When you fall at the last hurdle......



This week I've upgraded one of our dev databases to 12.1.0.2 (from 11.2.0.2), the upgrade went fine no problems with that. After the upgrade i took the opportunity to have a look at trying to improve some of the SQL performance - i had hoped that maybe 12c would just improve some of the performance with some new tricks but that wasn't to be the case.

So i began looking into a fairly simple statement that was running very regularly and accounting for about 30% of all the work going on.

The statement looked like this

INSERT INTO TRADE_TABLE_temp
        SELECT * FROM TRADE_TABLE
        WHERE pos_del_activity_id IS NULL
        AND (trade_voided = 'Y' OR edit_count > 0);

So pretty simple huh - the source TRADE_TABLE is exactly that just a table - no complexity hidden in a view or something.

When you run that statement 99% of the time it returns 0 rows with occasionally just a handful. It takes about 10 seconds though as the table has quite a few million rows in it.

The current plan is a FTS of the TRADE_TABLE so surely all that is required is an index on whatever is the most selective column(s) in the query and we're done?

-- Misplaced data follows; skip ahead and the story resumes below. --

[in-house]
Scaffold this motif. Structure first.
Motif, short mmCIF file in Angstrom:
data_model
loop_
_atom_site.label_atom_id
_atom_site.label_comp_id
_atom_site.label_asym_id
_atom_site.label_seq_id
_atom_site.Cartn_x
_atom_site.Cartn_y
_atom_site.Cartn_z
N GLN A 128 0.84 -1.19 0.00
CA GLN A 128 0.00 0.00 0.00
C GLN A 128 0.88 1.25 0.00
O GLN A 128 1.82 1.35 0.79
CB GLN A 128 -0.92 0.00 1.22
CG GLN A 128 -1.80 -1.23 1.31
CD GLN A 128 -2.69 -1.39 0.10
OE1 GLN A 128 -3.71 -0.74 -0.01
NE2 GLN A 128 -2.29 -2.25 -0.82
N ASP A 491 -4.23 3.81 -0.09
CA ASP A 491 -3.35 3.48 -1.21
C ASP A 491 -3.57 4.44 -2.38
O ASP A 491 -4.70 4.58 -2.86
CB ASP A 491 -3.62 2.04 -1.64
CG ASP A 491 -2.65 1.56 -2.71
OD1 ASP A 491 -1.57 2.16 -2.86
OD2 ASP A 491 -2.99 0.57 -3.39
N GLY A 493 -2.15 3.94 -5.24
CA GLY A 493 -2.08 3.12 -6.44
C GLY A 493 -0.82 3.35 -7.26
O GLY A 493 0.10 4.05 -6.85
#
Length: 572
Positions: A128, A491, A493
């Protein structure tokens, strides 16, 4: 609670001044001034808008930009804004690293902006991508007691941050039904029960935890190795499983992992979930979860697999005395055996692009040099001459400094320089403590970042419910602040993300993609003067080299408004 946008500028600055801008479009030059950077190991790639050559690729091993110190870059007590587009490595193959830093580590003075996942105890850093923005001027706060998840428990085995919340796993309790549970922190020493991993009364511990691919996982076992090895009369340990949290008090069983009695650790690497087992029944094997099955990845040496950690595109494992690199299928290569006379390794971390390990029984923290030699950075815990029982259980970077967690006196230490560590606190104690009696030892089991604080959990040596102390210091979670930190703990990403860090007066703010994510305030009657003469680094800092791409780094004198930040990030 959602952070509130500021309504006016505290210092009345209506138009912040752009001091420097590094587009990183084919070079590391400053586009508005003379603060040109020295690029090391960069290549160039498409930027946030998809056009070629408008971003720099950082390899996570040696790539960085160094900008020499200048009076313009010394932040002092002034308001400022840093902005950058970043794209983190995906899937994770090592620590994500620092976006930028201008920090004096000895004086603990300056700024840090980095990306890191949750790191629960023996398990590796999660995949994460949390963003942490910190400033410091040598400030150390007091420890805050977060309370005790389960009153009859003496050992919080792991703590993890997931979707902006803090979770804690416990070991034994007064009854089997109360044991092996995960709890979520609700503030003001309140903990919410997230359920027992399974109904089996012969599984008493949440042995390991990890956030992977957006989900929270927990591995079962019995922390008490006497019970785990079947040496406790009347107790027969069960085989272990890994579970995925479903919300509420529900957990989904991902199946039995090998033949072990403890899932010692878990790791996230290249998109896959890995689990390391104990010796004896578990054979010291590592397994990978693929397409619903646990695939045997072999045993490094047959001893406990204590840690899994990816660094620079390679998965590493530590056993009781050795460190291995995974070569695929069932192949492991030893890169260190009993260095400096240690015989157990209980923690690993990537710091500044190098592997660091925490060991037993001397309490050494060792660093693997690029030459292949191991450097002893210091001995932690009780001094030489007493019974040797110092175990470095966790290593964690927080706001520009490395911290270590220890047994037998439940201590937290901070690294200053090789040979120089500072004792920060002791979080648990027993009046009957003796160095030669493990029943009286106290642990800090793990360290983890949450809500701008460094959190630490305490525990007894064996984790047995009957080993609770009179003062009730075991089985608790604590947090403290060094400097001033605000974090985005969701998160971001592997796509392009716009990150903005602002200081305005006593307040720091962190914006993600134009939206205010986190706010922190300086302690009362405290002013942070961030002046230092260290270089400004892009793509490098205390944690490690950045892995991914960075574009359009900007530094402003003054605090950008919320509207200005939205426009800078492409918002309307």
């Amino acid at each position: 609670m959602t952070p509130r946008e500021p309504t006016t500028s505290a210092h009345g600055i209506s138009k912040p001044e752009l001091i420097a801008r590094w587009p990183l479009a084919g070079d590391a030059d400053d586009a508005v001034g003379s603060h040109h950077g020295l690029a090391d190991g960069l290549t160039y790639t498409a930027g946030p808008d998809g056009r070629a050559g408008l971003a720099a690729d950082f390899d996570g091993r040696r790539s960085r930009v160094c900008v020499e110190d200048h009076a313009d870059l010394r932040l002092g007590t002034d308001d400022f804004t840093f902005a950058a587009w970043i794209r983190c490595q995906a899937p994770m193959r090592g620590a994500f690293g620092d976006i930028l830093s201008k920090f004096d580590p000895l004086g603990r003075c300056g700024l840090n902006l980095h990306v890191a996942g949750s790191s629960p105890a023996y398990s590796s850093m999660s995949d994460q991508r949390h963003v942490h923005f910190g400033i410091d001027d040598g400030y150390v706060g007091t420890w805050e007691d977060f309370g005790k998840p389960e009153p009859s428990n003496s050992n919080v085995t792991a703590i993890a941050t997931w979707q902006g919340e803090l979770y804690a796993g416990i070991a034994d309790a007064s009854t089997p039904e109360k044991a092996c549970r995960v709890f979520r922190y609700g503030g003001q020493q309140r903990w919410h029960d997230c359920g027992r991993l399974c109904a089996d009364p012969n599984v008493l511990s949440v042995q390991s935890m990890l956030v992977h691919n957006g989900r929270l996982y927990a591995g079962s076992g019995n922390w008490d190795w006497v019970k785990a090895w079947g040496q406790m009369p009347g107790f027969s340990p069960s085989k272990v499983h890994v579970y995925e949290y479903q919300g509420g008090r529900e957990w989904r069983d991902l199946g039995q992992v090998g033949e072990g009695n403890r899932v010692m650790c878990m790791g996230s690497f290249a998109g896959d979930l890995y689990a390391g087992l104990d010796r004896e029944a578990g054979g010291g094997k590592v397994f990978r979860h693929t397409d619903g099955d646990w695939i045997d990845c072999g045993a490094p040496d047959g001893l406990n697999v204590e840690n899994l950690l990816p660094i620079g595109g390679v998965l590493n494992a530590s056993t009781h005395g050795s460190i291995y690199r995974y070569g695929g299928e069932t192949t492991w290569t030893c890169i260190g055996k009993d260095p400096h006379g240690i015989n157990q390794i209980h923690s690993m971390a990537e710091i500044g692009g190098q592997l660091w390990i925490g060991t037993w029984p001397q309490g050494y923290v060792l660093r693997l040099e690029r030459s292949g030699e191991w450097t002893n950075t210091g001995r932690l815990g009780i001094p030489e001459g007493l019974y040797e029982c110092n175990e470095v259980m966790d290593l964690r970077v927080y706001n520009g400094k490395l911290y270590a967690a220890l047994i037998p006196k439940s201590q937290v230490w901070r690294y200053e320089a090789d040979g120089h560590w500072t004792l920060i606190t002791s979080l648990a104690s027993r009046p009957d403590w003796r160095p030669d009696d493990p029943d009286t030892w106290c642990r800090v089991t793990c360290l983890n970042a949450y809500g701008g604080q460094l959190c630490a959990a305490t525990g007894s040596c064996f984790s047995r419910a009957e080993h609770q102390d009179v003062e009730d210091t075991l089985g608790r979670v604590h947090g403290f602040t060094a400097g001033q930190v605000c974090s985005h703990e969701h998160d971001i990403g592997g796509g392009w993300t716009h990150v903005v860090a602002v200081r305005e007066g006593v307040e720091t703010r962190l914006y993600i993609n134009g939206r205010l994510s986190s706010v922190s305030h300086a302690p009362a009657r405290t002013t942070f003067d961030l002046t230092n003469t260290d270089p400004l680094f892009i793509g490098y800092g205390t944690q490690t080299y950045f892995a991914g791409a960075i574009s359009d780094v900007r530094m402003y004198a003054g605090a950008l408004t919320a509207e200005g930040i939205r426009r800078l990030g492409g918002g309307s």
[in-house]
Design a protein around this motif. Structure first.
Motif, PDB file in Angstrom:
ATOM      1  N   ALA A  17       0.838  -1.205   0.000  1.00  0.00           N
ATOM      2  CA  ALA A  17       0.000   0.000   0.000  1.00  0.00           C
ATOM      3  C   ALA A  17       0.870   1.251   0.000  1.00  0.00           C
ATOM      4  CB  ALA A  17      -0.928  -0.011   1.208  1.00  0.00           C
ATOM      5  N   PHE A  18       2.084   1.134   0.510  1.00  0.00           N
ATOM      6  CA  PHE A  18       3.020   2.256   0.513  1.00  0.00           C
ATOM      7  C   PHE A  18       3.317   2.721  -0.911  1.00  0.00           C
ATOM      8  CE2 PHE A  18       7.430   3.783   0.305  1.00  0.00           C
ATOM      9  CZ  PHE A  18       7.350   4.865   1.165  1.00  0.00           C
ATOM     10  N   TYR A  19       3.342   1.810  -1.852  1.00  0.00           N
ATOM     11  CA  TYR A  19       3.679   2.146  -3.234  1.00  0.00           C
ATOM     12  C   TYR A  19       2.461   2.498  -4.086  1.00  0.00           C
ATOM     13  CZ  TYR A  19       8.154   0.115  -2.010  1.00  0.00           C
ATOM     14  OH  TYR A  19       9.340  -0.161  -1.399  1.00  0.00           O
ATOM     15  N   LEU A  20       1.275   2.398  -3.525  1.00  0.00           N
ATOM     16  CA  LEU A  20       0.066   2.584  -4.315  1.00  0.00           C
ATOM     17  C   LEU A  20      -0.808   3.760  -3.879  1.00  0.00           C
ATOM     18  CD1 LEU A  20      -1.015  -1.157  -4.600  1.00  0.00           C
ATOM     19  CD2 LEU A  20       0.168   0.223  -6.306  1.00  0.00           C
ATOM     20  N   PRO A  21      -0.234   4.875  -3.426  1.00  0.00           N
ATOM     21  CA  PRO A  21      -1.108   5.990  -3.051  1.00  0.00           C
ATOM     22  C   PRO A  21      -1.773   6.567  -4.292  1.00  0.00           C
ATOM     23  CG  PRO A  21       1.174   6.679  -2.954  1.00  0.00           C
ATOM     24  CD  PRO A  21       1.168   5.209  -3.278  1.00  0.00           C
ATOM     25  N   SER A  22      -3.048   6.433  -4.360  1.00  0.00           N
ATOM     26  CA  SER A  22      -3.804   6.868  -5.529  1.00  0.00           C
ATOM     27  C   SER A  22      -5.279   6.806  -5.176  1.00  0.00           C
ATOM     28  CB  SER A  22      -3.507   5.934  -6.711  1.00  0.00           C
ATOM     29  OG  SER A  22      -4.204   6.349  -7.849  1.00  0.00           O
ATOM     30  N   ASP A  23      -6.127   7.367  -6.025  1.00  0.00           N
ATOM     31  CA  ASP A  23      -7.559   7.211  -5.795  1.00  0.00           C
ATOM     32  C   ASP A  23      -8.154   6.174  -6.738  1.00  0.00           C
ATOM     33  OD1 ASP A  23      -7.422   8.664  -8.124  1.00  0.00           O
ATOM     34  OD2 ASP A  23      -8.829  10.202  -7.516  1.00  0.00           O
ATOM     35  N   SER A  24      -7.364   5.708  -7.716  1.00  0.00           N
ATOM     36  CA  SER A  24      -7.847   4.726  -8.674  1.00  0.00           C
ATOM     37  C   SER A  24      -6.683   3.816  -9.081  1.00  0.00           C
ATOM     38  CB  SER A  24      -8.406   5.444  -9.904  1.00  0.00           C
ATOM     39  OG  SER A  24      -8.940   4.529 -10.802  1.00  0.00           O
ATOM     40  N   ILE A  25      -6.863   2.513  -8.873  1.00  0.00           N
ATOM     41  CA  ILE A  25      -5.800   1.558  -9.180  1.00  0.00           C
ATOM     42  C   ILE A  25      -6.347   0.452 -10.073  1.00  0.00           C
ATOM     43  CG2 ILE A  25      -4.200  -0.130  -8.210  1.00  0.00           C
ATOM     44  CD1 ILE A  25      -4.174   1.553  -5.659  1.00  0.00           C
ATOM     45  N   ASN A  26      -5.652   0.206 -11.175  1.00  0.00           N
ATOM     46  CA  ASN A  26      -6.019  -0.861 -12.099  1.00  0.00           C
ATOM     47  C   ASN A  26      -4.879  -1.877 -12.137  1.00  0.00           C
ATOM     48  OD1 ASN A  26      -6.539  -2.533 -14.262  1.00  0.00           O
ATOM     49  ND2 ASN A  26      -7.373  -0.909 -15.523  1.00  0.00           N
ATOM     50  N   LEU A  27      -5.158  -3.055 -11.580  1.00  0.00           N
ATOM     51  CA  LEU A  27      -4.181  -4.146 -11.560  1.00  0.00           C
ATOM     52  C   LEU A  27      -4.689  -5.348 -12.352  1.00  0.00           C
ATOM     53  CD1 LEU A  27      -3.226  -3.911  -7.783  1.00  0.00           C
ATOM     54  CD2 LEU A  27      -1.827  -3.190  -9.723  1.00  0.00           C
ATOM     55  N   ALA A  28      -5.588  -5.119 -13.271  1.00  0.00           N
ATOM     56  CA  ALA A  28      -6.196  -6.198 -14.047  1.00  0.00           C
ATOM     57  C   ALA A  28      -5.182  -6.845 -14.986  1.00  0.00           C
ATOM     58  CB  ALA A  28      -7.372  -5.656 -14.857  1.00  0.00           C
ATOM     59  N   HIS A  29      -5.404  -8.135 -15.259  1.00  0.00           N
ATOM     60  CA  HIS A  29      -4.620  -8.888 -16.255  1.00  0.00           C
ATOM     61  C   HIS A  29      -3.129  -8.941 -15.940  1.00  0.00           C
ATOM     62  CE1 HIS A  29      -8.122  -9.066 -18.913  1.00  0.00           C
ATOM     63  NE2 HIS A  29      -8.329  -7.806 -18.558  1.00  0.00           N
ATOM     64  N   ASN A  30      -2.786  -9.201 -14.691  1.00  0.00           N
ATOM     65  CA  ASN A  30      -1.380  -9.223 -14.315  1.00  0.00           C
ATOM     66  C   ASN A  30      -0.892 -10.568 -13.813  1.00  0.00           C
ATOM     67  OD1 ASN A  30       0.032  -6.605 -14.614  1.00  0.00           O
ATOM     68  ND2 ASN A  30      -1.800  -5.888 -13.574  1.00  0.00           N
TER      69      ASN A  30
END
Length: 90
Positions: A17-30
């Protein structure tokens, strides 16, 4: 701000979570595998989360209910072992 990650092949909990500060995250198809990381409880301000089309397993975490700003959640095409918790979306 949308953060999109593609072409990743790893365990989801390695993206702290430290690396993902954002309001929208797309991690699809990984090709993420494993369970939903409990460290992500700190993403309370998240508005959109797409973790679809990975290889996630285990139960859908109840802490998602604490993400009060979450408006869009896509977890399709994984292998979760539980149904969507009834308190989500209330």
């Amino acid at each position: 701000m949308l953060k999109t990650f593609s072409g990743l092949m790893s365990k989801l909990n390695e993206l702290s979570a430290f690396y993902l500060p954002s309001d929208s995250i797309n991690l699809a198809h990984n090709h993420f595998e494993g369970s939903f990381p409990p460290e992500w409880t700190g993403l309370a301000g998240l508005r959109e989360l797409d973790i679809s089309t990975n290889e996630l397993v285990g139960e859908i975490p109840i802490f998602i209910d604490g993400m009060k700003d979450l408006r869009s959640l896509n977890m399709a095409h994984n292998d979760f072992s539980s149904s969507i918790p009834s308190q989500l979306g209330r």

Well - it's not that simple unfortunately - there is an unusual data distribution going on here.

A lot of the rows in the table have a pos_del_activity_id of null, a relatively small number have trade_voided set to 'Y' and a 'medium' number have edit_count>0.

So individually there is nothing to really tie down the rows we want returned - the combination however is very unique. Unfortunately there does not seem to be an efficient way to index for this - any combinations i came up with even making use of extended stats on combinations of columns or splitting the SQL into a union all instead of having the OR statement didn't seem to really help.

Then i thought about it again - the data is not changing much (but enough to rule out result cache) - an mview could really help here - lets try that approach.

So i create an mview log on the source table to track changes as i want on an on commit refresh to happen here.

SQL> create materialized view log on schemaname.TRADE_TABLE;

Materialized view log created.

Then i create an mview

SQL> create materialized view schemaname.rich_mview refresh fast on commit as
  2   select * from schemaname.TRADE_TABLE WHERE POS_DEL_ACTIVITY_ID IS NULL AND (TRADE_VOIDED = 'Y' OR EDIT_COUNT > 0)
  3  /

Materialized view created.

Then i try the query again expecting great things and the mview is ignored......

Lets find out why

First i create the rewrite table to enable this

SQL> @?/rdbms/admin/utlxrw.sql

Table created.

Then i run the routine to tell me what is wrong

SQL> DECLARE
 qrytxt VARCHAR2(1000) := 'select * from schemaname.TRADE_TABLE WHERE POS_DEL_ACTIVITY_ID IS NULL AND (TRADE_VOIDED = ''Y'' OR EDIT_COUNT > 0)';
BEGIN
 dbms_mview.Explain_Rewrite(qrytxt,'schemaname.RICH_MVIEW','ID1');
END;
/  2    3    4    5    6

PL/SQL procedure successfully completed.

Then i find the result

SQL> select * from rewrite_table;

QSM-01026: query rewrite is disabled for, RICH_MVIEW  

Seriously - you have to be joking - why isn't this the default! aargh!